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What Is Ringworm?

Do you or your kids have an itchy, ring-like rash on your body? Ringworm is very common. Find out what it is, how you contract it, and how to get rid of it using over-the-counter treatment.

By
Sanaz Majd, MD
2-minute read
Episode #212

Spring has officially arrived. As we rejoice for warmer temperatures, we prepare ourselves for the upcoming fun in the sun summer months. This means we can finally store away the sweaters, boots, and scarves, and unpack our shorts, flip flops, and swimsuits. 

It also tends to be that time of year we pay greater attention to our skin, technically the largest organ in the body. As a primary-care physician, besides dry skin and moles, one of the most common skin ailments I see in clinic is fungal in origin. “Ringworm,” a term you may have heard of, is actually quite common. 

What is ringworm? How do we get it? And how do we get rid of it? 

What Is Ringworm?

The term “ringworm” is a misnomer. No, it is not caused by a “worm” in any way, and is referred to as “tinea corporis”—where “tinea” refers to a type of fungus, and “corporis” simply means “body.” It is indeed a fungus that seeps through and causes a rash on the superficial skin layers. It is contagious, and often contracted by touching another person or object carrying the same fungus. 

It’s common in children, who tend to more frequently forgo the handwashing and cannot help but touch everything in sight, and in sweaty wrestlers who come into as close contact as it gets to the skin of their opponents.

What Does Ringworm Look Like?

Its appearance is rather characteristic. It is a circular or oval, ring-like, red rash with a distinct and raised border and sometimes with scaling over the top. As it grows in size (which it does through time), the center of the rash tends to clear up, leaving a very active and infectious border.

Most often I see one ringworm spot on the skin, perhaps two or three. But it is not one of those rashes that spreads over the entire body, like allergic reactions do. It is usually itchy, but perhaps not enough to drive you to crawl out of your skin, like another super itchy rash I’ve discussed called scabies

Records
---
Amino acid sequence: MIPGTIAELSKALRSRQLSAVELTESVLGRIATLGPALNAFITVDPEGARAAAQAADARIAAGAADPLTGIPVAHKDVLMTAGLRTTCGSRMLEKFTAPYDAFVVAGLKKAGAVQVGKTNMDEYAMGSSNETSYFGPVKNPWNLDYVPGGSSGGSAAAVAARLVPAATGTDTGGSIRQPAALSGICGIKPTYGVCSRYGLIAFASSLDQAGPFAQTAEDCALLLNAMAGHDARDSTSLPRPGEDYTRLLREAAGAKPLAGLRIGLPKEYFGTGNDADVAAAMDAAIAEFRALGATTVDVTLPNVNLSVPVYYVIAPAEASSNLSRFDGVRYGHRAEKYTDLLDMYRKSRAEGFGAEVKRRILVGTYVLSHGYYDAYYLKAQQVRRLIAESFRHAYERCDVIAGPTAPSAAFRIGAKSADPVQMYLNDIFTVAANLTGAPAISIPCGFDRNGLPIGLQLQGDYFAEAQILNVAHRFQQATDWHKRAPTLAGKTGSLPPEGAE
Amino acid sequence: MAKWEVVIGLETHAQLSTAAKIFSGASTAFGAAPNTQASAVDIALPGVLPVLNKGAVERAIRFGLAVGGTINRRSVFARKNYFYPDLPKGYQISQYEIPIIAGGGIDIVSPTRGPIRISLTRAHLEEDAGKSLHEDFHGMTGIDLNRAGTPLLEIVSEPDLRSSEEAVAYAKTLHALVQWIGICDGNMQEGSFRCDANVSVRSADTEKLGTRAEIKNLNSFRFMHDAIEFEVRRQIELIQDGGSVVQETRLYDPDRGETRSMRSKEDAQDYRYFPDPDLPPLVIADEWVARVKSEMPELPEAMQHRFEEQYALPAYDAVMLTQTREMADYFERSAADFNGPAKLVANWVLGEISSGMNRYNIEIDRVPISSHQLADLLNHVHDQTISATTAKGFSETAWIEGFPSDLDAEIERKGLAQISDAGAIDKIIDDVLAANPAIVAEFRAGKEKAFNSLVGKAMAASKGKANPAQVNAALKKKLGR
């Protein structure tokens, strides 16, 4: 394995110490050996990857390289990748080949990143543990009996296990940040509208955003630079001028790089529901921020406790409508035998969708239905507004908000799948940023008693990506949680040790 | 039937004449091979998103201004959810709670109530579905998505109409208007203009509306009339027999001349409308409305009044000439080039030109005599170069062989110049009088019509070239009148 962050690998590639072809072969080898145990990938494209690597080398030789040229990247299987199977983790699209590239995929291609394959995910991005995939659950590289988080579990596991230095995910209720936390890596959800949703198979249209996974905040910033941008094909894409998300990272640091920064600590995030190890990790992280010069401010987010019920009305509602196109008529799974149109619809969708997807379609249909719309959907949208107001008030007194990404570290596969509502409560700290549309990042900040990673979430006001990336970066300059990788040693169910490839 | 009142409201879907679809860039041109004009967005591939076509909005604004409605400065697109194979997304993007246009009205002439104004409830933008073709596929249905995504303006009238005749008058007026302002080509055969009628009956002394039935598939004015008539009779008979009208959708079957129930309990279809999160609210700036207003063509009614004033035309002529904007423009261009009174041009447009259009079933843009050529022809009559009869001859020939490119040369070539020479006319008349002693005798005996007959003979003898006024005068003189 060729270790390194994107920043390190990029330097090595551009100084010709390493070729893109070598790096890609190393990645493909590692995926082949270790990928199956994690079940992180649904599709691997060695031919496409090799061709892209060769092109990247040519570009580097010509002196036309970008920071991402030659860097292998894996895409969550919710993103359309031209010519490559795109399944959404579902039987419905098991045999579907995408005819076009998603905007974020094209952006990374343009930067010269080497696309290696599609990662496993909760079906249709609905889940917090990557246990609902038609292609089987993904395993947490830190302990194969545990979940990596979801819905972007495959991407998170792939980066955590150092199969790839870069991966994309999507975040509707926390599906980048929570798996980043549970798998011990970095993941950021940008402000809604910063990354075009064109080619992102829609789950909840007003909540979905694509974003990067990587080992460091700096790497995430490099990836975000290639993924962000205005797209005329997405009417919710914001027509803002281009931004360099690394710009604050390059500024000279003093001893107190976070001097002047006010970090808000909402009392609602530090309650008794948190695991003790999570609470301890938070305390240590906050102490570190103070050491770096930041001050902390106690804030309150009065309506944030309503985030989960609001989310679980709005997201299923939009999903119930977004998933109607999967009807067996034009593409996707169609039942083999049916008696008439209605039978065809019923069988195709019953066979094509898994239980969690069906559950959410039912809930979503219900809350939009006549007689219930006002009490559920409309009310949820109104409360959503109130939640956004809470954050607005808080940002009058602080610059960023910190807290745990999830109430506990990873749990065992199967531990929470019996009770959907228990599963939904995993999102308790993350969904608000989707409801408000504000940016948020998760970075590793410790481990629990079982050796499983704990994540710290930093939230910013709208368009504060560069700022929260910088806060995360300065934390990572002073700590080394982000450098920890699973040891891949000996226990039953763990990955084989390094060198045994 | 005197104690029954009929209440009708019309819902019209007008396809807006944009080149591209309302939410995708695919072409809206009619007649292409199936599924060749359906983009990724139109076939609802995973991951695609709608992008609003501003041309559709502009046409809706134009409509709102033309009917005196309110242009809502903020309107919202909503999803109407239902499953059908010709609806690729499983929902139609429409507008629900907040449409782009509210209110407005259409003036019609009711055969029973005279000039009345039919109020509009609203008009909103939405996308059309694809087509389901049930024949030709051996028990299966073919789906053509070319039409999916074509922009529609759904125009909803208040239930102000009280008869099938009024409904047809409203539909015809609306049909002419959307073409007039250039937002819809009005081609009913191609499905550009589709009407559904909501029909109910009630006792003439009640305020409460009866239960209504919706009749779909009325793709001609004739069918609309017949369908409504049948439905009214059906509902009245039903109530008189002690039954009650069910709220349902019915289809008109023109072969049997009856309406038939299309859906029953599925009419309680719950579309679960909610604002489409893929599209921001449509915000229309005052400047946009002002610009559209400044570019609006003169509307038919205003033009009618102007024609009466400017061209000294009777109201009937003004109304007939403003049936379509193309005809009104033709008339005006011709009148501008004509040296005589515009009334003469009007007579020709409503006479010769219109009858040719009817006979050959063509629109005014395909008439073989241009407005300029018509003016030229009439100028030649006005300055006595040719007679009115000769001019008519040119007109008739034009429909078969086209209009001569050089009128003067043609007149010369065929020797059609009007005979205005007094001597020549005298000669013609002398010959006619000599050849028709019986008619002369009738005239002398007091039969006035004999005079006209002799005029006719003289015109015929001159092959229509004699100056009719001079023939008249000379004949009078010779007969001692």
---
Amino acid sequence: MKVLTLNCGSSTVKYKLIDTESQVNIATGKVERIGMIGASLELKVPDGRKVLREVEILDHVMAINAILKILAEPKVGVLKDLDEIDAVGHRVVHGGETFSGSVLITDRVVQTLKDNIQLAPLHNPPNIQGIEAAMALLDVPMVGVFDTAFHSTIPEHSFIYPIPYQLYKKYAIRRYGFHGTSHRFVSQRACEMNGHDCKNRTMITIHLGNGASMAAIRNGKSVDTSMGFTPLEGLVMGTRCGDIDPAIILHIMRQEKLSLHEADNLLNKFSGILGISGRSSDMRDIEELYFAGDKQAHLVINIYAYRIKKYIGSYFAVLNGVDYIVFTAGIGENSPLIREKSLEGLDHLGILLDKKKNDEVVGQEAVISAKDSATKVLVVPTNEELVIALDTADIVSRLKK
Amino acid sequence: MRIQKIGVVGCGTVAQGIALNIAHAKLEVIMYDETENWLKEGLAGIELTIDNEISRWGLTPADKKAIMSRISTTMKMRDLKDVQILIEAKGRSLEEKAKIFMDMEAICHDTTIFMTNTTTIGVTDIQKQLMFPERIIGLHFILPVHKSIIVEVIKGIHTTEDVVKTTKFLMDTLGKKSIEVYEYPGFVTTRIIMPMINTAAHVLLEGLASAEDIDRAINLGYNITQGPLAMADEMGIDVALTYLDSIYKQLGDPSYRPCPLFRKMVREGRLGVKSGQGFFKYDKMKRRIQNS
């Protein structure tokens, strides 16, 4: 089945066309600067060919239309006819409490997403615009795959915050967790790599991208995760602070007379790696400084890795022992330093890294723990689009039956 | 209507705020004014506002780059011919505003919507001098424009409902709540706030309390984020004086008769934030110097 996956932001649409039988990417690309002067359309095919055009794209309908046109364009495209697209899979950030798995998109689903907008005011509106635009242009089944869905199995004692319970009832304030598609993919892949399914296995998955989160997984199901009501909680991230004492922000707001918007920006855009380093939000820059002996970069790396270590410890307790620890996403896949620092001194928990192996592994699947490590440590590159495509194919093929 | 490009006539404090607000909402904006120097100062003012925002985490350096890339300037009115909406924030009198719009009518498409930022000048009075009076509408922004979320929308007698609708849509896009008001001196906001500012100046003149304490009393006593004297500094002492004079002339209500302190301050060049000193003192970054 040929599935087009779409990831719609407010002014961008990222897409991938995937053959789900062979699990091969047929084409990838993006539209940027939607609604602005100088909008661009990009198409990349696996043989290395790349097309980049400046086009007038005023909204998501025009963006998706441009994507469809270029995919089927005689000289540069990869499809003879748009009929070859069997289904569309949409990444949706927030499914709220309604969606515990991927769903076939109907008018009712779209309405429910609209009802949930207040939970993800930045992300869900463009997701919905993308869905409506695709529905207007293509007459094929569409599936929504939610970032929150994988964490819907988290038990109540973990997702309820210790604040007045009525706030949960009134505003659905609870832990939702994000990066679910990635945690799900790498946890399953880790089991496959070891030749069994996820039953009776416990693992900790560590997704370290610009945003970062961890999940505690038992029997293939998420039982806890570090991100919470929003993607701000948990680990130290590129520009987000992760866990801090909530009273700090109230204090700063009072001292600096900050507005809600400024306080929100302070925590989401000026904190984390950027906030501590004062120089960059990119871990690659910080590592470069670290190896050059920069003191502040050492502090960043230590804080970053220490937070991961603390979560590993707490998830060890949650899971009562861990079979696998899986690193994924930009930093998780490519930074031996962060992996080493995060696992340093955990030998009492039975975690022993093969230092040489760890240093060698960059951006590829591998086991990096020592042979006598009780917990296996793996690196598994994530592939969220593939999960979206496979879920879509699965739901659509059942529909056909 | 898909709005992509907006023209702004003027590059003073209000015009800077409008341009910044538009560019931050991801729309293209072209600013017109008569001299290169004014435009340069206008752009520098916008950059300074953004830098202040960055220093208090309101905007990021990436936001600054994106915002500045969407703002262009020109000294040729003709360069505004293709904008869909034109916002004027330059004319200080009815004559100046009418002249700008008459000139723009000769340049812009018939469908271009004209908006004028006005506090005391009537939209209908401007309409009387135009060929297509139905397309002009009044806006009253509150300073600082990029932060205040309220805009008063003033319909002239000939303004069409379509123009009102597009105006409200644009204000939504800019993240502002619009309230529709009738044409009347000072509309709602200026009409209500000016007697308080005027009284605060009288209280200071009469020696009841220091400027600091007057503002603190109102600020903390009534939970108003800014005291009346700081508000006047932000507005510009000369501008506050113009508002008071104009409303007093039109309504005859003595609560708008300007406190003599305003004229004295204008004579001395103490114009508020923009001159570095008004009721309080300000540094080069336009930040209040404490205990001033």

Treatment of Ringworm

Unfortunately, fungal infections are one of the most stubborn to treat. Cold/flu viruses often self-resolve within a week or two, and many bacteria resolve with a short course of antibiotics (if it truly is bacterial). But a fungus can take weeks, even a month or two, to completely resolve. 

The recommended treatment of choice happens to be over-the-counter and easy to access without a prescription—antifungal creams like clotrimazole and miconazole used 2-3 times daily will clear up the fungus typically within a month. 

Oral prescription medications can also be considered for those who fail therapy with the antifungal creams. However, they do carry a small risk of liver toxicity, and therefore, not always the agent of choice.

For those with persistent ringworm infection despite treatment, or those with extensive disease, it’s vital to think about:

1.  An immune disorder or condition that suppresses the immune system: HIV, Diabetes, chronic corticosteroid therapy

2.   Conditions with similar-appearing rashes:  Lupus, Eczema, Psoriasis

 

Medical Disclaimer
Please note that all content here is strictly for informational purposes only. This content does not substitute any medical advice, and does not replace any medical judgment or reasoning by your own personal health provider. Please always seek a licensed physician in your area regarding all health related questions and issues.

About the Author

Sanaz Majd, MD

Dr. Sanaz Majd is a board-certified Family Medicine physician who graduated from Drexel University College of Medicine in Philadelphia. Her special interests are women's health and patient education. 

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